As virtually all of you are aware, Mohit Khera, MD, Director for Andrology Research at Baylor College of Medicine, last year published a study demonstrating that finasteride can damage the normal functioning of 3,764 human genes.
As virtually all of you are unaware, however, Roberto Cosimo Melcangi, PhD, Head of the Neuroendocrinology Unit in the Department of Pharmacological and Biomolecular Sciences at the University of Milano (UniMi), recently wrapped up research that identified, via a next-generation sequencing technology known as RNA-seq, several genes that are likely responsible for the side effects observed in PFS patients.
That’s big news. And you needn’t be an MD or PhD to figure out that, from here, the path to mapping the precise molecular nature of finasteride-induced sexual dysfunction promises to be much shorter than anyone anticipated. Ditto the path to exploring potential therapies for this and other persistent side effects that have been the ruin of many thousands of men worldwide, with no signs of slowing down.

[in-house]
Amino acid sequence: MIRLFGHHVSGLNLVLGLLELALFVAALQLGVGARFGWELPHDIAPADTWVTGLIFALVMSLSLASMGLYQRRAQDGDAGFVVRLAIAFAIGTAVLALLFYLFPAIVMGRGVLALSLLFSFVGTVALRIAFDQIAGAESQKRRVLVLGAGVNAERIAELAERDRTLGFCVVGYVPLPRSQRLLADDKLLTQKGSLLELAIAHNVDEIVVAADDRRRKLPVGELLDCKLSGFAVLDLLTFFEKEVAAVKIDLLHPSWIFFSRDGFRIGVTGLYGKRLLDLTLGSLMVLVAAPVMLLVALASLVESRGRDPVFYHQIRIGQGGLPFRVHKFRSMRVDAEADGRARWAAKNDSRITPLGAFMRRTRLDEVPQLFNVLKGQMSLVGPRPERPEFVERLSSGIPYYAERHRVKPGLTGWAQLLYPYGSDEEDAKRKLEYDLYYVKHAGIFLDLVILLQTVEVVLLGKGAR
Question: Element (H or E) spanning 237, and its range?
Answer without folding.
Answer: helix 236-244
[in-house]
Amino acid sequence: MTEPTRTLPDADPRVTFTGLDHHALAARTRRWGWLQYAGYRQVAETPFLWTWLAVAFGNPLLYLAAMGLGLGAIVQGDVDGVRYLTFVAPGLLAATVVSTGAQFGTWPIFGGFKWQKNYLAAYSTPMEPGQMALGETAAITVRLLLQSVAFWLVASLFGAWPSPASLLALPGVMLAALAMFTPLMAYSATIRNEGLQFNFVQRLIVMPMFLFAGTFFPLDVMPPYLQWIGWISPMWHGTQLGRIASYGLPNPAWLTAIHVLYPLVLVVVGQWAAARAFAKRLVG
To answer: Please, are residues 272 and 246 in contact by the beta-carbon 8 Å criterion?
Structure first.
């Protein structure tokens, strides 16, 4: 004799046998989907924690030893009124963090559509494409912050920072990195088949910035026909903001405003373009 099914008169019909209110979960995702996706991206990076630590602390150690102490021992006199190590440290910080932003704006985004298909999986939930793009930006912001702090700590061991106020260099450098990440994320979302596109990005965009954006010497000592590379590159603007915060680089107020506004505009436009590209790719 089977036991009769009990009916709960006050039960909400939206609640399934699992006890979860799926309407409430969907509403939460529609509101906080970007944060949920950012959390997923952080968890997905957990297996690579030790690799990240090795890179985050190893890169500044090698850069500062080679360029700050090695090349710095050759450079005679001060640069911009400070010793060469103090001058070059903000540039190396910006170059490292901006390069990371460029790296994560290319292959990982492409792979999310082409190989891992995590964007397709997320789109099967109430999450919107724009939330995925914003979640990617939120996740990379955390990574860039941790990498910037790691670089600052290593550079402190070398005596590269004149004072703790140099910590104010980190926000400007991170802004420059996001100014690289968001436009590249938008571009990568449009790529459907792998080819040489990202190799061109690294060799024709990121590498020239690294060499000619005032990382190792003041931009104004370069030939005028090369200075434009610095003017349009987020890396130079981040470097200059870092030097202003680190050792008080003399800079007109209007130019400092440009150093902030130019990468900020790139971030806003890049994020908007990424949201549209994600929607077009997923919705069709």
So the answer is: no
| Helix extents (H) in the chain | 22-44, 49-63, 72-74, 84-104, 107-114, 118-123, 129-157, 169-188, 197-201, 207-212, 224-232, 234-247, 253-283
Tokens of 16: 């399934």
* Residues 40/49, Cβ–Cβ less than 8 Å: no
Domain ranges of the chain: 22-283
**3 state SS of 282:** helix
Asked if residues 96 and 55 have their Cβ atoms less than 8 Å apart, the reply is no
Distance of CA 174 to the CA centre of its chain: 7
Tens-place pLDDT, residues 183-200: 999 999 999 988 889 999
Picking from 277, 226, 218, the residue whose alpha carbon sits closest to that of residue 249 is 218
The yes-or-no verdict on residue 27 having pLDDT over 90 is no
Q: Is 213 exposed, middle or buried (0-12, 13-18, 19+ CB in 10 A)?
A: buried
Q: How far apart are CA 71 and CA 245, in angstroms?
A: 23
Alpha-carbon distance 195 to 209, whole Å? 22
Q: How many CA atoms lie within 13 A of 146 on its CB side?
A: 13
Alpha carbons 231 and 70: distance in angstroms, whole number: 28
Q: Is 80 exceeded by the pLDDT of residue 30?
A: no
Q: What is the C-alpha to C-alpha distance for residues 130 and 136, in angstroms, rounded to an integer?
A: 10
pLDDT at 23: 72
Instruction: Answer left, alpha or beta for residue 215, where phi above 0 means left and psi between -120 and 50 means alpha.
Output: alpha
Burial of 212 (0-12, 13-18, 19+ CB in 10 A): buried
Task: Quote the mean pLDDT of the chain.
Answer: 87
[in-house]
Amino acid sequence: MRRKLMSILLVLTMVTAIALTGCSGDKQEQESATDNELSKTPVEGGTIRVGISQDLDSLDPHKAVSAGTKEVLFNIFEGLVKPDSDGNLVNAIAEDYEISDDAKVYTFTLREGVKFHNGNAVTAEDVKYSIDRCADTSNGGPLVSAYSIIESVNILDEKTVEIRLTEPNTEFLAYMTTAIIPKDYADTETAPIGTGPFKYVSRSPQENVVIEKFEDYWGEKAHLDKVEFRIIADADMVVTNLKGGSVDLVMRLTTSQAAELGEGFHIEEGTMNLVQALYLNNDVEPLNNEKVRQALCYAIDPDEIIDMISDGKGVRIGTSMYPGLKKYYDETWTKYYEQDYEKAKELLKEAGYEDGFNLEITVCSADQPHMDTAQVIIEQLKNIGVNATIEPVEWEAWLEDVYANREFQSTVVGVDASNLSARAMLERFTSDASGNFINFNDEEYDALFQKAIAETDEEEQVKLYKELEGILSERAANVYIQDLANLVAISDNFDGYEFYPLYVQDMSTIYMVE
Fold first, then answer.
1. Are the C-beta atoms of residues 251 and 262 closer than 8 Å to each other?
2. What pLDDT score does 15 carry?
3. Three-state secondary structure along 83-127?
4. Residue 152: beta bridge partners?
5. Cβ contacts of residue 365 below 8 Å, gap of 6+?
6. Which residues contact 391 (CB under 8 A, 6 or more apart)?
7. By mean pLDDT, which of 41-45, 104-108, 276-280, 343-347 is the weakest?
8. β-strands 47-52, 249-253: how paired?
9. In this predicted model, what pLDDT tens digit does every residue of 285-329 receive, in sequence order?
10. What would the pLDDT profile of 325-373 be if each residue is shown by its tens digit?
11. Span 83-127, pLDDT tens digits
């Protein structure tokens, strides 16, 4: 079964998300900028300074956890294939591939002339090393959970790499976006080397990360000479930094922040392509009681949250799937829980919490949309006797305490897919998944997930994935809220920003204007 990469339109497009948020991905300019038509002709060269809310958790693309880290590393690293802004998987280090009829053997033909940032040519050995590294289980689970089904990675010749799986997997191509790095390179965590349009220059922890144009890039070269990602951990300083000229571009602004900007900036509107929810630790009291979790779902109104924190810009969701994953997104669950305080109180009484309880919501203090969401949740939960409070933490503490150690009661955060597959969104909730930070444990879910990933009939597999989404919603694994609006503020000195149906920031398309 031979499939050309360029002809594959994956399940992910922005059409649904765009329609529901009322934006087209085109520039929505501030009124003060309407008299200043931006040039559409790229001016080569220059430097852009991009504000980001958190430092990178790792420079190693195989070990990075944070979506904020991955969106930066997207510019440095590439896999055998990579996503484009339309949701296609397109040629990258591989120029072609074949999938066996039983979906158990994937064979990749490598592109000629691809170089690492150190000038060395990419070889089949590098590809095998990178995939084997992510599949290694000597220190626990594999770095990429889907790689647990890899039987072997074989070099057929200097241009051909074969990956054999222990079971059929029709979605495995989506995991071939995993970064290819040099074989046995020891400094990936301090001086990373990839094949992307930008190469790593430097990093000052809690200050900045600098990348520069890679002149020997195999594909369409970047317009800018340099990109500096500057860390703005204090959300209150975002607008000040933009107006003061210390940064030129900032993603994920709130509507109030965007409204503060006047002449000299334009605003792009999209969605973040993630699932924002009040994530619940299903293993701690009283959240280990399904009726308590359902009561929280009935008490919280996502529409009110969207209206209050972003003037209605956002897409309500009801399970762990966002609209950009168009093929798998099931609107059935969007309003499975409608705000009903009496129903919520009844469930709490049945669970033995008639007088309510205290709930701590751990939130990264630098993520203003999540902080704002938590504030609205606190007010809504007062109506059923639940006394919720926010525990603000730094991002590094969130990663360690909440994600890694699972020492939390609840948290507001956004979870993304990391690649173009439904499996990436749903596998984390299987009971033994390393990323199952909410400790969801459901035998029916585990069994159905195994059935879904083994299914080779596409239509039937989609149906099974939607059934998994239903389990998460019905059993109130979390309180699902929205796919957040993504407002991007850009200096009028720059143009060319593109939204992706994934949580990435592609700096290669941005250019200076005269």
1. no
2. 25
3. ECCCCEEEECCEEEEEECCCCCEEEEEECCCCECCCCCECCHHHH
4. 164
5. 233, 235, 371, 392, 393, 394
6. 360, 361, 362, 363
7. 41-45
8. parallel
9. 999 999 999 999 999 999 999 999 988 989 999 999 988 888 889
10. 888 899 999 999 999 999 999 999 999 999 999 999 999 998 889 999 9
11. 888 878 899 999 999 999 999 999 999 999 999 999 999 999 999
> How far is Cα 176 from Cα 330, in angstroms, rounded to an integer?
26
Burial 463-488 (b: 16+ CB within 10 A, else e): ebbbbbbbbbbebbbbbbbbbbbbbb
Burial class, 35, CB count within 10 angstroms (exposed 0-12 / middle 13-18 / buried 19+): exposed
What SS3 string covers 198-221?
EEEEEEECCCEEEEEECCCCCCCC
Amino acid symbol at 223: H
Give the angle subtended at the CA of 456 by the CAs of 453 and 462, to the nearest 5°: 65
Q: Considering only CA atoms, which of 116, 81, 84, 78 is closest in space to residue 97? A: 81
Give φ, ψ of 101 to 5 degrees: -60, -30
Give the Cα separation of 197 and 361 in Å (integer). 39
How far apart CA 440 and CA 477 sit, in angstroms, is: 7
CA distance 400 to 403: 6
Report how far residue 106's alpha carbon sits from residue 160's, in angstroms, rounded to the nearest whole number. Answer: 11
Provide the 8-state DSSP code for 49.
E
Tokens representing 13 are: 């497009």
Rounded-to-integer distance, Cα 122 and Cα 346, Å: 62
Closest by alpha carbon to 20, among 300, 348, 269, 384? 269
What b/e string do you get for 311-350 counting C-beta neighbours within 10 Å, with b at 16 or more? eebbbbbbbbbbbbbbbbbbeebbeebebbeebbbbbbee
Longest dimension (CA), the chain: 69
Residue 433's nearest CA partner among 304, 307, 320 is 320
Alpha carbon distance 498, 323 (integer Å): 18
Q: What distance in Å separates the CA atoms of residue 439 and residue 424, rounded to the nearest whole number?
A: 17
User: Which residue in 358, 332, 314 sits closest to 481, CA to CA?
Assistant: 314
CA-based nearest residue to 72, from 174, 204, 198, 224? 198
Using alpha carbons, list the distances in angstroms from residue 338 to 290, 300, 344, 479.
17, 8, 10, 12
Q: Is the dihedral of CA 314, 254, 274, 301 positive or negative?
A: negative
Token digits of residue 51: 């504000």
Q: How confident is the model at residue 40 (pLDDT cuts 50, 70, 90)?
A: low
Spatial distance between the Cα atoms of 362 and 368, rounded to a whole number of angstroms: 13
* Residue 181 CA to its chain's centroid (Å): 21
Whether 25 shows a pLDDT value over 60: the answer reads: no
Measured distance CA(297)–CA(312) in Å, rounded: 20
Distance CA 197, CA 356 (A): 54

Just one small hitch: Prof. Melcangi’s new research represents Phase I of a two-phase project. Phase II, which requires new funding, necessitates:
(a) Analyzing the raw data from Phase I,
(b) writing a formal study based on that analysis, and
(c) publishing that study in a high-impact-factor, peer-reviewed medical journal.